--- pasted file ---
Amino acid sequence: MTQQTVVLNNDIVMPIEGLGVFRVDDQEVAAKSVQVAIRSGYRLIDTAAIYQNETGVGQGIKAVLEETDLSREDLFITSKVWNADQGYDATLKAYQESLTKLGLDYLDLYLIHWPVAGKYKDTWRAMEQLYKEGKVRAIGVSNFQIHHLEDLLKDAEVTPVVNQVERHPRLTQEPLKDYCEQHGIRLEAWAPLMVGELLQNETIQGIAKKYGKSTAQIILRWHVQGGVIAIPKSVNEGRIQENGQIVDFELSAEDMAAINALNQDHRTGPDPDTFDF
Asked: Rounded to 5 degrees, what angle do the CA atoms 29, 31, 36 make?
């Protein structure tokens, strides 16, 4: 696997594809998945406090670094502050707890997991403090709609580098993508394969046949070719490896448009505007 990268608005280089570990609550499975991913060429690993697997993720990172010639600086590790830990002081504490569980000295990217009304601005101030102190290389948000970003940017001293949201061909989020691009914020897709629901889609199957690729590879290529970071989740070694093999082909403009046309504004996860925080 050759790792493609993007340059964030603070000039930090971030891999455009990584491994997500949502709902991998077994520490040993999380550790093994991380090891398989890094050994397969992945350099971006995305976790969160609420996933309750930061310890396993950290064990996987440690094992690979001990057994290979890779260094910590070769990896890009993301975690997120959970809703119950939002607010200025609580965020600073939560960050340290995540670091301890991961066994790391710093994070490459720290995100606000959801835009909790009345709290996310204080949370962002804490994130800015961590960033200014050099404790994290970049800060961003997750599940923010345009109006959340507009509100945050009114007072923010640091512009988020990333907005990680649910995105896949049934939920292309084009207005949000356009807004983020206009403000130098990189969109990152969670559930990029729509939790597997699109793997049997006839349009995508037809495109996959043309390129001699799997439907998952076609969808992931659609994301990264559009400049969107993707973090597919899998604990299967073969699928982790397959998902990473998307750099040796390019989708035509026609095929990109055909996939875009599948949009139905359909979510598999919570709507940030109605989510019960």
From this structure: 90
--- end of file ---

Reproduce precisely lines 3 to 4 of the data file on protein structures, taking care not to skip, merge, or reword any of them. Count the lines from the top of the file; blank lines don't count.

């Protein structure tokens, strides 16, 4: 696997594809998945406090670094502050707890997991403090709609580098993508394969046949070719490896448009505007 990268608005280089570990609550499975991913060429690993697997993720990172010639600086590790830990002081504490569980000295990217009304601005101030102190290389948000970003940017001293949201061909989020691009914020897709629901889609199957690729590879290529970071989740070694093999082909403009046309504004996860925080 050759790792493609993007340059964030603070000039930090971030891999455009990584491994997500949502709902991998077994520490040993999380550790093994991380090891398989890094050994397969992945350099971006995305976790969160609420996933309750930061310890396993950290064990996987440690094992690979001990057994290979890779260094910590070769990896890009993301975690997120959970809703119950939002607010200025609580965020600073939560960050340290995540670091301890991961066994790391710093994070490459720290995100606000959801835009909790009345709290996310204080949370962002804490994130800015961590960033200014050099404790994290970049800060961003997750599940923010345009109006959340507009509100945050009114007072923010640091512009988020990333907005990680649910995105896949049934939920292309084009207005949000356009807004983020206009403000130098990189969109990152969670559930990029729509939790597997699109793997049997006839349009995508037809495109996959043309390129001699799997439907998952076609969808992931659609994301990264559009400049969107993707973090597919899998604990299967073969699928982790397959998902990473998307750099040796390019989708035509026609095929990109055909996939875009599948949009139905359909979510598999919570709507940030109605989510019960």
From this structure: 90